China’s Bold Plan To Reshape The World’s Monetary System With Gold & Blockchain
China’s Bold Plan To Reshape The World’s Monetary System With Gold & Blockchain from King World News
Today one of the greats in the business discussed China’s bold plan to reshape the world’s monetary system with gold and blockchain.
Ghost Cities Coming Alive
November 12 (King World News) – Dr. Stephen Leeb: “Early this decade, the Chinese city Zhengzhou was often cited as a poster child of Chinese development run amok. The West derided it as the quintessential ghost city, a lavishly appointed metropolis missing just one thing; residents. Today, just five or so years later, according to Bloomberg, Zhengzhou is a bustling city benefiting from a surrounding network of infrastructure that was similarly viewed as mere busywork designed to line the pockets of corrupt bureaucrats. The new roads and rails put Zhengzhou within easy reach of Beijing, Shanghai, and other major economic hubs. Moreover, the city has become a key link between China and the country’s One Belt, One Road initiative, connecting it by rail to Central Asia, Russia, and Europe, all critical parts of Eurasia. A once nearly deserted airport now sees its world-class runways host cargo traffic growing by more than 30 percent a year…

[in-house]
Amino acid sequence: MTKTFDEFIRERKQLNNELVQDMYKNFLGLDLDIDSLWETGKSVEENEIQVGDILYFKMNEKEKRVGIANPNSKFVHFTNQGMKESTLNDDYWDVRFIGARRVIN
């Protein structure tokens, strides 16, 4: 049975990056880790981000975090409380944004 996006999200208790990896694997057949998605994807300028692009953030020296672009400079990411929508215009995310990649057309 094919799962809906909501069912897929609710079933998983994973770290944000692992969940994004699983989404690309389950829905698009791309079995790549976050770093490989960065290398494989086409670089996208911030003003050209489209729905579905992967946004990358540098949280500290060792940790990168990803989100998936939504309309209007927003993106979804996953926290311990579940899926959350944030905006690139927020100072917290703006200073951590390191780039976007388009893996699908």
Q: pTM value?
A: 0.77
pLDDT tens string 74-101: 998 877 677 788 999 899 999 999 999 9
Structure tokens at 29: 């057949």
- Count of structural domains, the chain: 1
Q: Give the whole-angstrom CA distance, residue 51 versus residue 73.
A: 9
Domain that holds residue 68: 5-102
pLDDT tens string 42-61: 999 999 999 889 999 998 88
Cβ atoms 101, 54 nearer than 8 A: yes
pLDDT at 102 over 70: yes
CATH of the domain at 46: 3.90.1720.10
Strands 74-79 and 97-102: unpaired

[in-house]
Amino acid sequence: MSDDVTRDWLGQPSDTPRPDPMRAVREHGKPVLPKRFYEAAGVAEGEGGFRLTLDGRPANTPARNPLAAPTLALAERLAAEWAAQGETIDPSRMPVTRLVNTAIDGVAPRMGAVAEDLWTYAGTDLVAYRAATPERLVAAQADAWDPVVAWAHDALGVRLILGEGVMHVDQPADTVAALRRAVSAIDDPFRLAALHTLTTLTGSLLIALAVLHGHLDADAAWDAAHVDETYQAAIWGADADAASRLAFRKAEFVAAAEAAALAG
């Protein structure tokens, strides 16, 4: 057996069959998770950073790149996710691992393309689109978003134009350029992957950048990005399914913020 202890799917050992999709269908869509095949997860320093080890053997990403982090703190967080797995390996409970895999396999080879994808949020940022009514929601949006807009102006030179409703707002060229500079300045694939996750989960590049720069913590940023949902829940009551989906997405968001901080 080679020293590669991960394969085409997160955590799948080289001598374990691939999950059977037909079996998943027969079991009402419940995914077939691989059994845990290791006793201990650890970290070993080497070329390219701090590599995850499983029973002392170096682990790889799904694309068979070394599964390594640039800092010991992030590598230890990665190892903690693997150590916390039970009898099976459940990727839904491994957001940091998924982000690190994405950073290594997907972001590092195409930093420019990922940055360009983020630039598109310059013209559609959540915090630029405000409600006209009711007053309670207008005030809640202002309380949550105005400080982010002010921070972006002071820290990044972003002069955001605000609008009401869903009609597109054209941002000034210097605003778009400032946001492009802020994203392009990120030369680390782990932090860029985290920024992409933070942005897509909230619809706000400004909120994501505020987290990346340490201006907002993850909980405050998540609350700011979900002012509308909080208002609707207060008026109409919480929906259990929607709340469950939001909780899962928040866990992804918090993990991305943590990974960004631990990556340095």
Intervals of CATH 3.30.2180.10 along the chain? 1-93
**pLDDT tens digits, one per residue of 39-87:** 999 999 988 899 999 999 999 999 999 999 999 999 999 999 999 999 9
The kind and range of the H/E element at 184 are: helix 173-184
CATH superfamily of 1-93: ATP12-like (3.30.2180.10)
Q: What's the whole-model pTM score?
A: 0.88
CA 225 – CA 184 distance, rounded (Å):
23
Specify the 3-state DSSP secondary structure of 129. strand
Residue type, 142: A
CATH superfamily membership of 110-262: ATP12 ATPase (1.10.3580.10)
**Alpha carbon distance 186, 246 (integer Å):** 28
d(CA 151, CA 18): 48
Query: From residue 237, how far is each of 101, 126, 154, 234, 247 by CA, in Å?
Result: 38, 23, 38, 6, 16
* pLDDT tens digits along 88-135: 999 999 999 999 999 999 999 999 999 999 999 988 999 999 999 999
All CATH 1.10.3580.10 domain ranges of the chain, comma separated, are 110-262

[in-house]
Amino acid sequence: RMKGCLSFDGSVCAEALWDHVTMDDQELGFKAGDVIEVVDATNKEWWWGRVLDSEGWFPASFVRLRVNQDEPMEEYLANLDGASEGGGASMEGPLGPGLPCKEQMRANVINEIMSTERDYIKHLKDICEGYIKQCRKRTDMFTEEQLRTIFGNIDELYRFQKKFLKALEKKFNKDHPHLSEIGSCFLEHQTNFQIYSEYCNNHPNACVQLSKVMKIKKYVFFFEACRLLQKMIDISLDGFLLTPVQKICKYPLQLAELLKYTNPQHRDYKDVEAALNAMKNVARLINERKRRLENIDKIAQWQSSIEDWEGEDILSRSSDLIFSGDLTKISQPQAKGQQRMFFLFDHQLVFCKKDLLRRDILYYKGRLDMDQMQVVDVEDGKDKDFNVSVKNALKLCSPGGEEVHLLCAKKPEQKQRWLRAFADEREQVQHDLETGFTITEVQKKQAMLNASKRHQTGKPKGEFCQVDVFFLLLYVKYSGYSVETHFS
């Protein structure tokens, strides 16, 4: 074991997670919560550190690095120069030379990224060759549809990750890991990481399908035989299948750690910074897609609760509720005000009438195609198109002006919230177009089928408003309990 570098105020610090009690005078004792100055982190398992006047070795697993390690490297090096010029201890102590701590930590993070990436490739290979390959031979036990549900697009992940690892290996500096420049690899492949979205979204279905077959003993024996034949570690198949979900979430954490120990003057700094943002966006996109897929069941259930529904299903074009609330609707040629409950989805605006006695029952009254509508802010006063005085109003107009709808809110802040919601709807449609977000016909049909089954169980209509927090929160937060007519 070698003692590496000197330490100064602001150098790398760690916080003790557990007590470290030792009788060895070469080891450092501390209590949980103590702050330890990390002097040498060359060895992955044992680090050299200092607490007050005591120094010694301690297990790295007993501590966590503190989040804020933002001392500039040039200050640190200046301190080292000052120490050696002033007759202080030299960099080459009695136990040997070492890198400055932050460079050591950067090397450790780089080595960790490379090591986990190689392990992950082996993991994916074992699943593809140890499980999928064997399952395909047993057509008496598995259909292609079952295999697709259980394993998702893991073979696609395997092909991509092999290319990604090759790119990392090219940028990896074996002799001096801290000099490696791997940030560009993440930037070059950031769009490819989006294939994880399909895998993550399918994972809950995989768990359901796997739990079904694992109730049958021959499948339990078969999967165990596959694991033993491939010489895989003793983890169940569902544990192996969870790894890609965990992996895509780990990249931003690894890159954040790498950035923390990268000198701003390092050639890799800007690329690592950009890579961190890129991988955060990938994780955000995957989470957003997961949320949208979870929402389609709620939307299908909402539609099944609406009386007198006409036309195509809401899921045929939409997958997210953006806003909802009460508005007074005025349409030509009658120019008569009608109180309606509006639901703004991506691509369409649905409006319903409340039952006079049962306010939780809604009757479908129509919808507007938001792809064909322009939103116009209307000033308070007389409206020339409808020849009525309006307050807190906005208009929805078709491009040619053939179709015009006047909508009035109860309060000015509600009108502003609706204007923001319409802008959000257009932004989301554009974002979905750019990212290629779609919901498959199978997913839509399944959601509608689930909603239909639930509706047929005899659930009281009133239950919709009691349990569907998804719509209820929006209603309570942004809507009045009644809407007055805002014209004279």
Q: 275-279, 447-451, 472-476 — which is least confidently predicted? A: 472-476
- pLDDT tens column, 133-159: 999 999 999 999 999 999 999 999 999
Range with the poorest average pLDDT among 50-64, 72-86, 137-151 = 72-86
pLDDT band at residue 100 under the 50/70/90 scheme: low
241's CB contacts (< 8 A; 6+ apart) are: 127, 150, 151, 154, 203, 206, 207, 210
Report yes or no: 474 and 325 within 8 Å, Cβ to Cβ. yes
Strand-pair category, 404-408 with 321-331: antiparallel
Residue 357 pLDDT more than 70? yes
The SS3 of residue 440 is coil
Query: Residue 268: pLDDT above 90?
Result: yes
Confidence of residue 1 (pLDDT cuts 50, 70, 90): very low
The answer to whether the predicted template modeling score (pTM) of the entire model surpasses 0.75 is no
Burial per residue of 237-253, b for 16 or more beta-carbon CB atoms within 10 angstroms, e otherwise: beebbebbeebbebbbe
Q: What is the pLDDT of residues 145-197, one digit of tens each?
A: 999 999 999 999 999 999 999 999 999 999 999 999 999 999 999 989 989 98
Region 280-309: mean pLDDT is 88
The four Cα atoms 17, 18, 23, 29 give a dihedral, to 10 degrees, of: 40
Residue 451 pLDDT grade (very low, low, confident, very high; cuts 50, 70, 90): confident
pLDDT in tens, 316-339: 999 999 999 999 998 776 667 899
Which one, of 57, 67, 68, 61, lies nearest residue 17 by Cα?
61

There’s a message here that far transcends Zhengzhou. It’s that China is flourishing both by thinking long term and by not looking at anything in isolation. The renowned social psychologist Richard Nisbett, in his book The Geography of Thought, describes how the differing mindsets of West and East have resulted from a cultural evolution occurring over several millennia. The Greeks, the progenitors of Western thought, focused on objects and on measuring them – one reason for their many scientific accomplishments. The Chinese focused on relationships among objects. To put it differently, the West thinks analytically, the East holistically. It’s a distinction that expresses the difference between successful countries (the West) and successful civilizations (China).
Nisbett emphasizes the differences have nothing to do with intellectual endowment and everything to do with culture. For me, the lesson is that for the U.S. to thrive in today’s world, we will need to adapt our cultural habits of thought to start seeing ourselves as part of a whole and not as the whole. I make these points because often those who write about China’s rise seem to assume that China’s gain must be America’s loss and vice versa. But I don’t think the Chinese see it that way – and it will only harm us if we persist in such a mindset.